Investment management has never really qualified as a profession. For a long while it was run largely as a concierge service, and even after the government began to encourage funded pension schemes to make provision for retirement in the 1960s, it took another decade to reach agreement on how to measure performance. Trillions of pounds worth of investment still turns on the consensus that emerged.
Euronext launches the Euronext BeNe 40 Equal Weight Index; The index is composed of the 40 most traded shares of the Belgian and Dutch markets
Euronext, the leading exchange in the Eurozone, today announced the launch of the Euronext® BeNe 40 Equal Weight index, an index reflecting the 40 most traded companies included in the BEL 20 and AEX indices.
ETF Securities enters new partnership to launch Cyber Security fund
ETF Securities has partnered with US-based ISE ETF Ventures to bring a new ETF to the London Stock Exchange offering exposure to the cyber security sector. The new product, ETFS ISE Cyber Security GO UCITS ETF, is based on the PureFunds ISE Cyber Security ETF launched in the US, which attracted over $1.1bn in the first ten months of listing.
iShares MSCI United Kingdom Index Sees Significant Increase in Short Interest (EWU) | WKRB News
Shares of iShares MSCI United Kingdom Index (NYSE:EWU) saw a large growth in short interest during the month of August. As of August 31st, there was short interest totalling 2,865,302 shares, a growth of 84.2% from the August 14th total of 1,555,930 shares, MarketBeat.Com reports.
S&P DJI unveils comprehensive China index: S&P China 500 Index
S&P Dow Jones Indices (S&P DJI), a leading index provider, has introduced the S&P China 500 Index, covering all Chinese share classes including A-shares and offshore listings.
S&P DJI unveil headline S&P China 500 index. The S&P China 500 index tracks a broad range of Chinese companies listed both domestically and offshore. The index, which is suitable reference index for exchange-traded funds, has been designed by S&P DJI to capture the complete China story and they expect the benchmark to become a flagship investable index for China.
Catalysts for ETF Market Growth in Hong Kong and China
Indexology: S&P Dow Jones Indices
The Asia-Pacific region is the third-largest ETF market in the world, after the U.S. and Europe. Despite the fact that the ETFs listed in the Asia-Pacific region represent less than 10% of global ETF assets, the region’s asset growth rate has outpaced the two former leaders and is now ranked at the top.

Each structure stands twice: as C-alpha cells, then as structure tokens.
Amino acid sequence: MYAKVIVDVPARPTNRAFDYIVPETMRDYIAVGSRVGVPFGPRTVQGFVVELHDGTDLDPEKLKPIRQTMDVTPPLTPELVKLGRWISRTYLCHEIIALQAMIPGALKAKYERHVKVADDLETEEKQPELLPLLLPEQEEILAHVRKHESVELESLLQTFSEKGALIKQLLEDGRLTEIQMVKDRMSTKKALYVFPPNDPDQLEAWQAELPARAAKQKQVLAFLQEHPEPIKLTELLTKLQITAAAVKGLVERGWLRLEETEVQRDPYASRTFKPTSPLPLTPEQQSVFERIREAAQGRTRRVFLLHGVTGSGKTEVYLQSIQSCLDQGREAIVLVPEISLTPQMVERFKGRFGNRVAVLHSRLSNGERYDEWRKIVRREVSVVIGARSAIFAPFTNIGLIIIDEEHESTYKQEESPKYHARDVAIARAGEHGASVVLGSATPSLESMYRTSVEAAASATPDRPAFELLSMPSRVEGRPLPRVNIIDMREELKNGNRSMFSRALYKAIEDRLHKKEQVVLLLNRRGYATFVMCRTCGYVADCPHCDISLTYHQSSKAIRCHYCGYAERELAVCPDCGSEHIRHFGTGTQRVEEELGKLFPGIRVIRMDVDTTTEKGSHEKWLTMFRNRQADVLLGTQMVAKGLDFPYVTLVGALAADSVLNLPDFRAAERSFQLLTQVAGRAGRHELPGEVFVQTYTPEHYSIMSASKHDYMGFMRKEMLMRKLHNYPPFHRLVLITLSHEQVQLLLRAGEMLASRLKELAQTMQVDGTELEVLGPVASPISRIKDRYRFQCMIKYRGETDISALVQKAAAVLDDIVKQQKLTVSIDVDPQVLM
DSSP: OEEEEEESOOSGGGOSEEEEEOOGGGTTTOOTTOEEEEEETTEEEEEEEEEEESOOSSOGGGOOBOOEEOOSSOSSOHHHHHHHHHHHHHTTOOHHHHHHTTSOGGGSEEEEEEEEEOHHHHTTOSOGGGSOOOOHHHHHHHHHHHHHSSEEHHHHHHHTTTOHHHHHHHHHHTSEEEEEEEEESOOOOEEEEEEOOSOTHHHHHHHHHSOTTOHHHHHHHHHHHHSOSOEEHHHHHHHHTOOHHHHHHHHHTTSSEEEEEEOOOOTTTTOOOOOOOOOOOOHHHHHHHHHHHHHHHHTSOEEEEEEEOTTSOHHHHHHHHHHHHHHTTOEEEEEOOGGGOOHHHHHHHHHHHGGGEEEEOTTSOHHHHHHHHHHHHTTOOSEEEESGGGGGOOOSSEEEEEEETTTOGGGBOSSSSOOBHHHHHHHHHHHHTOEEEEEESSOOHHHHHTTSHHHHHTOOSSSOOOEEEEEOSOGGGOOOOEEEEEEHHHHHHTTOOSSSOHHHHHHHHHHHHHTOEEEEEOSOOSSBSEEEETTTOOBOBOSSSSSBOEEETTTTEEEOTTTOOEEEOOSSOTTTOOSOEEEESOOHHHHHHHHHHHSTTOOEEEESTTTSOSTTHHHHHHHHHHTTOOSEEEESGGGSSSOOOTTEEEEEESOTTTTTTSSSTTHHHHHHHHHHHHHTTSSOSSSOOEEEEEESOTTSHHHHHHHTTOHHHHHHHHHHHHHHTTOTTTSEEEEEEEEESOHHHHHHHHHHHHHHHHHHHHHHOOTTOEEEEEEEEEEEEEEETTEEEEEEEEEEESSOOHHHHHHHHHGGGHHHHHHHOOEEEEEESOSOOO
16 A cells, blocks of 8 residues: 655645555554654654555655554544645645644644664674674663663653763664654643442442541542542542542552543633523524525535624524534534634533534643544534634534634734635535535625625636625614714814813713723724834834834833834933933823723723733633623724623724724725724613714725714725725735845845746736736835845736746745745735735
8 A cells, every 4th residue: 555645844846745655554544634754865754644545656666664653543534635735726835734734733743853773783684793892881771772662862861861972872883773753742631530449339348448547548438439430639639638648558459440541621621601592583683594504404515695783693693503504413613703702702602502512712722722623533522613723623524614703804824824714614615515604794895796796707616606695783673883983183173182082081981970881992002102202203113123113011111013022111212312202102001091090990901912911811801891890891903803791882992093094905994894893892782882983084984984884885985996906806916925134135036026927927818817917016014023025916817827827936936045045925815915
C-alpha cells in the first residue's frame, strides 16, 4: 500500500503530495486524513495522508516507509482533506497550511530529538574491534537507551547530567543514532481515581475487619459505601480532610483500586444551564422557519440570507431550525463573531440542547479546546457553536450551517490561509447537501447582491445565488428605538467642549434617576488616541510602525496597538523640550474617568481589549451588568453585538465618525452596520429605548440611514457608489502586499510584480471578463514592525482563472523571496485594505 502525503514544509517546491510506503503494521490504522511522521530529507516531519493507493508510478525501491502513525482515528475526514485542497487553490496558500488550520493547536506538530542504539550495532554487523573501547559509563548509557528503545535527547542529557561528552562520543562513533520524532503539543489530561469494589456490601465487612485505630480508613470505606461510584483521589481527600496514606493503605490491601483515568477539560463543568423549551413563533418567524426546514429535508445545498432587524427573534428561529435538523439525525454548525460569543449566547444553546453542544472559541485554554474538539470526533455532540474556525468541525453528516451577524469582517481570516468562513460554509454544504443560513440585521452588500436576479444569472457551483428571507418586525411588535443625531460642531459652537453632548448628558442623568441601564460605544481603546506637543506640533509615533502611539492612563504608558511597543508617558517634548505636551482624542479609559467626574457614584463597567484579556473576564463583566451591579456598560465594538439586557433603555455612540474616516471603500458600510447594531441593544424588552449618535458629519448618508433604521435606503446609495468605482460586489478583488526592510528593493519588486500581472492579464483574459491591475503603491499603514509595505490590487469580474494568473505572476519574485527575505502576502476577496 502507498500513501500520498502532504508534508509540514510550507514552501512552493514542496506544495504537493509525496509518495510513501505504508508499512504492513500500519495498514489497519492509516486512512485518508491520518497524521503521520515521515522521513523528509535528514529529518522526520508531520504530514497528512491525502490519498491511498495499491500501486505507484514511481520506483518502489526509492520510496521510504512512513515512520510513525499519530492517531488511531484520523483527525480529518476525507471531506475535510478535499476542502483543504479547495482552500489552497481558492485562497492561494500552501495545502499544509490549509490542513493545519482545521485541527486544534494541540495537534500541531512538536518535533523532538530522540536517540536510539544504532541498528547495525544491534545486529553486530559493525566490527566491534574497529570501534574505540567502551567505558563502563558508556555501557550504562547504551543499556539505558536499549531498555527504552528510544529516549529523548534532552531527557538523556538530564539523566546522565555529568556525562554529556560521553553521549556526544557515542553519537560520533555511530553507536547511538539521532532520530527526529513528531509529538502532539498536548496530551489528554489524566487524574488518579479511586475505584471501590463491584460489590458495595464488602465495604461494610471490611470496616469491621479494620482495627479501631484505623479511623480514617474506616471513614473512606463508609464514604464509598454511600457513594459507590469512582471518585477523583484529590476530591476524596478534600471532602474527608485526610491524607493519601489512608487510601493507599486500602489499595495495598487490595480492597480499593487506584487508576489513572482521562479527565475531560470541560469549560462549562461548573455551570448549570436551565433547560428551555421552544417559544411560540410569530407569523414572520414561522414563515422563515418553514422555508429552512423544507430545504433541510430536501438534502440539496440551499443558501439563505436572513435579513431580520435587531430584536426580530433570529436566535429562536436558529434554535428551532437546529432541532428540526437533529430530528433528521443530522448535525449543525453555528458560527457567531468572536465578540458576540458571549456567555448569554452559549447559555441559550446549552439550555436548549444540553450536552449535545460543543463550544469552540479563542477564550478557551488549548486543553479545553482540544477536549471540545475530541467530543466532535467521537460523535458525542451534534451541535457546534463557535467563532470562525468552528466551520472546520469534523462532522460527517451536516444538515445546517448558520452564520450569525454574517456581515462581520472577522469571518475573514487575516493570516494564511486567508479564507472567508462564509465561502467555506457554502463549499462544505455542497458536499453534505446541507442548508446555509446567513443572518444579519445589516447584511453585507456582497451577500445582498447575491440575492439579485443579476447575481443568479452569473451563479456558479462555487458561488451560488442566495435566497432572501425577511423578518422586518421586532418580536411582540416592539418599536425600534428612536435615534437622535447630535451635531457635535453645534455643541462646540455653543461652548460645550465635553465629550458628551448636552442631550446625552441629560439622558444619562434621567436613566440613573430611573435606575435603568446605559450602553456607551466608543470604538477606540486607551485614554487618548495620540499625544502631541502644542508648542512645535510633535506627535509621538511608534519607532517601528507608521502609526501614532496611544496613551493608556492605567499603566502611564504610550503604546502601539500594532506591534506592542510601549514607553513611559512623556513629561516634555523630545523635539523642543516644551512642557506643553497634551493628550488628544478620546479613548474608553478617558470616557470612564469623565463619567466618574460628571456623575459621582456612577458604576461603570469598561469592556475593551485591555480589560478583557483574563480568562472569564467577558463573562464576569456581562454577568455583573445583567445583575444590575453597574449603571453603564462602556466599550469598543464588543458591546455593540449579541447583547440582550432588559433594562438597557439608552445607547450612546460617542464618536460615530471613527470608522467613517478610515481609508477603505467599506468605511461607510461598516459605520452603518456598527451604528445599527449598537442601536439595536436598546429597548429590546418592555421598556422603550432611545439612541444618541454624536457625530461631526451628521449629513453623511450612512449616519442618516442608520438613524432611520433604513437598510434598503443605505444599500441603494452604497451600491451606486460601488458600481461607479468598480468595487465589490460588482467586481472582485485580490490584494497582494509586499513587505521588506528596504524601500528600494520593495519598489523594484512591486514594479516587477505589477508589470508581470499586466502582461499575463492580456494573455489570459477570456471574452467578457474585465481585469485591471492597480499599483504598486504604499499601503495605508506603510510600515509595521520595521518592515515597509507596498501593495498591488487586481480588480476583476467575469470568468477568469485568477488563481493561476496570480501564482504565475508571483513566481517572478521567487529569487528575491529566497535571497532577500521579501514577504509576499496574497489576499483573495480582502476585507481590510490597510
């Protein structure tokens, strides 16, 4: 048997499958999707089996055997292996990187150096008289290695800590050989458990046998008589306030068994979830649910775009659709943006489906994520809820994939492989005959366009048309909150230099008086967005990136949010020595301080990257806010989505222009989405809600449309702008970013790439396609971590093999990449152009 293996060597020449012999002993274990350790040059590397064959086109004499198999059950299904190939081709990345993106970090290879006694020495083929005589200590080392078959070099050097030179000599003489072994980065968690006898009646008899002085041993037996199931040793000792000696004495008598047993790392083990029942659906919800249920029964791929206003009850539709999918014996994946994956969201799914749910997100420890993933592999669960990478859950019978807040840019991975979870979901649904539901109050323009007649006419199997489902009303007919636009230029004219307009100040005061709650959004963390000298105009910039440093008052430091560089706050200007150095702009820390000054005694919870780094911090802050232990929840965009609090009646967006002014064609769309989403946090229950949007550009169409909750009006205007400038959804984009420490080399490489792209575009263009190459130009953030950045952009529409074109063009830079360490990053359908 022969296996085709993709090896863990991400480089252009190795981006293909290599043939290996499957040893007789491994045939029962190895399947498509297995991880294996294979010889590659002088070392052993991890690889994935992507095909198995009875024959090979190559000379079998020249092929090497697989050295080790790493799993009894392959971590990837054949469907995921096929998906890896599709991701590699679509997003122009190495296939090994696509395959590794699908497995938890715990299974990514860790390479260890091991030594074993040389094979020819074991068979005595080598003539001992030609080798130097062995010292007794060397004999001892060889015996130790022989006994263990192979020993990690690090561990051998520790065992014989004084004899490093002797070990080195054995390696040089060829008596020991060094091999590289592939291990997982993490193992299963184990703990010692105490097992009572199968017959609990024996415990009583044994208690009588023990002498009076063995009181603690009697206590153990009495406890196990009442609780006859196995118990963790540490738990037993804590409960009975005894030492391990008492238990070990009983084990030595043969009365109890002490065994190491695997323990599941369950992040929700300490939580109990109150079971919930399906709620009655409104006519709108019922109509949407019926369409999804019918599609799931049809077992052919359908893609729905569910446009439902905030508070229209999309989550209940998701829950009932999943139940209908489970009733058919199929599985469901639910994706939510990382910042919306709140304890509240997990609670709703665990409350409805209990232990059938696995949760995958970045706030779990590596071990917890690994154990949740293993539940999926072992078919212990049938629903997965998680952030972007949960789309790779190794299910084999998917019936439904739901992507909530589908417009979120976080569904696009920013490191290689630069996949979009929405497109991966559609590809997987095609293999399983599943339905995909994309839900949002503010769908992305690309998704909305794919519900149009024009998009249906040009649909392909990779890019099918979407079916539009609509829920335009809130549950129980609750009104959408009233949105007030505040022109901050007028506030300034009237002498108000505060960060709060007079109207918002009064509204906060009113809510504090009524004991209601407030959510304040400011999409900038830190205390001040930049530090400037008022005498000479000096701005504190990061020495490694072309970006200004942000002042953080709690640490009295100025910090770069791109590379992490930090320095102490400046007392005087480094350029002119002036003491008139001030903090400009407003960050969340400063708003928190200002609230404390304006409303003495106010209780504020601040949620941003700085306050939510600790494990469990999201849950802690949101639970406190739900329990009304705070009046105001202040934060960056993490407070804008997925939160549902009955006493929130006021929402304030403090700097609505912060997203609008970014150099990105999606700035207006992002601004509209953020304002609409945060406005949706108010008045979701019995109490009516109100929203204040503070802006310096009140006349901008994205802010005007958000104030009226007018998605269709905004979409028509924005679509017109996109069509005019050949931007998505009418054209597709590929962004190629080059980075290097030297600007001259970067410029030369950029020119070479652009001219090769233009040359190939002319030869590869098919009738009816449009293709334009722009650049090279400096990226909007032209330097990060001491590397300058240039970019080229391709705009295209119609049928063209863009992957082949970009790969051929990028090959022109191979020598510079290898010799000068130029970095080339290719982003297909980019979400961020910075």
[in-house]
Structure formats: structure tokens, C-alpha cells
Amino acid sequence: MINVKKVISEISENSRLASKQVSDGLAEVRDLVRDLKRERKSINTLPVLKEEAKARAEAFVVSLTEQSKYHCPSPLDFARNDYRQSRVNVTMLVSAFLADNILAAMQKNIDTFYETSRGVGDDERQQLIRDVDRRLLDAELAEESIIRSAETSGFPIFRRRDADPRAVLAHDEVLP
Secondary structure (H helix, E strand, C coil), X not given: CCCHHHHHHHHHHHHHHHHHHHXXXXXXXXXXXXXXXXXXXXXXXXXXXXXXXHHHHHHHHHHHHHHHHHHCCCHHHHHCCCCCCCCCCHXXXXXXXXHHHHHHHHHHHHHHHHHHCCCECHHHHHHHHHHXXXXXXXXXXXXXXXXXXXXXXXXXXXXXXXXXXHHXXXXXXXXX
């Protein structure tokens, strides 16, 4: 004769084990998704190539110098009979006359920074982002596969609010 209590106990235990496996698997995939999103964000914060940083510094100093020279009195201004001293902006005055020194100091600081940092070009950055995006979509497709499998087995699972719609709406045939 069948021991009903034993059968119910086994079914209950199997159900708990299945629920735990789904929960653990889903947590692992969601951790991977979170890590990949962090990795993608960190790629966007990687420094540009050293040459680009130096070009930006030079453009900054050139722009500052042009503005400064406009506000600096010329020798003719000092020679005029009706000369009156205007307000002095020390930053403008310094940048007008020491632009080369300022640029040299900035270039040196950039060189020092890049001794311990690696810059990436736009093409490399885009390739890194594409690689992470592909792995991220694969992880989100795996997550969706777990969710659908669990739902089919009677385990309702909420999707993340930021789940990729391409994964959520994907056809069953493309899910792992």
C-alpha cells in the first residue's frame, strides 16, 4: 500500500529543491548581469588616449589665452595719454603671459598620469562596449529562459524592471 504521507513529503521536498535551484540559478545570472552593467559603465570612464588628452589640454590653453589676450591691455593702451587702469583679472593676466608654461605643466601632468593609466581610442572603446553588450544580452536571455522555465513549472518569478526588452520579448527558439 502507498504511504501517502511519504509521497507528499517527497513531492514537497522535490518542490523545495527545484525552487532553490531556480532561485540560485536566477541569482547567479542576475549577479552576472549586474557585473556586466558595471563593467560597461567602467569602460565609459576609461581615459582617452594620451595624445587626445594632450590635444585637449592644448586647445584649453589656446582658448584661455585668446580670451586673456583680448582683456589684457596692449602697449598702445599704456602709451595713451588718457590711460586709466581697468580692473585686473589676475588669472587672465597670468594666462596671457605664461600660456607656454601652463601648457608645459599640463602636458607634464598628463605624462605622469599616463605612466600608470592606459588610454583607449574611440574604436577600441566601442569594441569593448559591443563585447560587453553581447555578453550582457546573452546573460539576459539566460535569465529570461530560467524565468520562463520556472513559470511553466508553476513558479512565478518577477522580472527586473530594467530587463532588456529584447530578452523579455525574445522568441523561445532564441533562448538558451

Swiss Investigate Seven Banks Over Precious Metals Market Trading; Inquiry involves possible collusion between UBS, Julius Baer, Deutsche Bank, HSBC, Barclays, Morgan Stanley and Mitsui
By JOHN LETZING and ALISTAIR MACDONALD, WSJ
A Swiss regulator has opened an investigation into precious metals trading at a group of large banks, marking the latest in a line of probes into the rigging of key financial markets that have increasingly spread into the multibillion-dollar trade in metals.
House lawmakers reject teaching ‘gold standard’
By Laura Leslie, WRAL.com
Raleigh, N.C. — The House Rules Committee voted Monday to remove a proposed requirement that high school students be taught about the gold standard.
The provision was part of Senate Bill 524, a proposal to add a list of new “Founding Principles” to those that lawmakers required state schools to teach in 2011. The measure would also add a test on the “Founding Principles” beginning next school year.
The shortcomings of the World Bank’s business-climate index
INDIA is mildly obsessed with rankings. More claims for record-breaking feats come from the country than from any other bar America and Britain, according to Guinness World Records, the publishers of a popular compendium of them. Its politicians like to boast that, as China’s economy falters, India is (or will soon be) the world’s fastest-growing big economy. And this month the commerce department published a ranking of India’s states according to the progress they had made on economic reforms. The initiative was inspired by the World Bank’s annual Doing Business report, which ranks countries on ten criteria, including the ease of starting a business, paying taxes and registering property. India lies a lowly 142nd out of 189 countries on the World Bank’s scorecard, but Narendra Modi, its prime minister, has pledged to propel it into the top 50.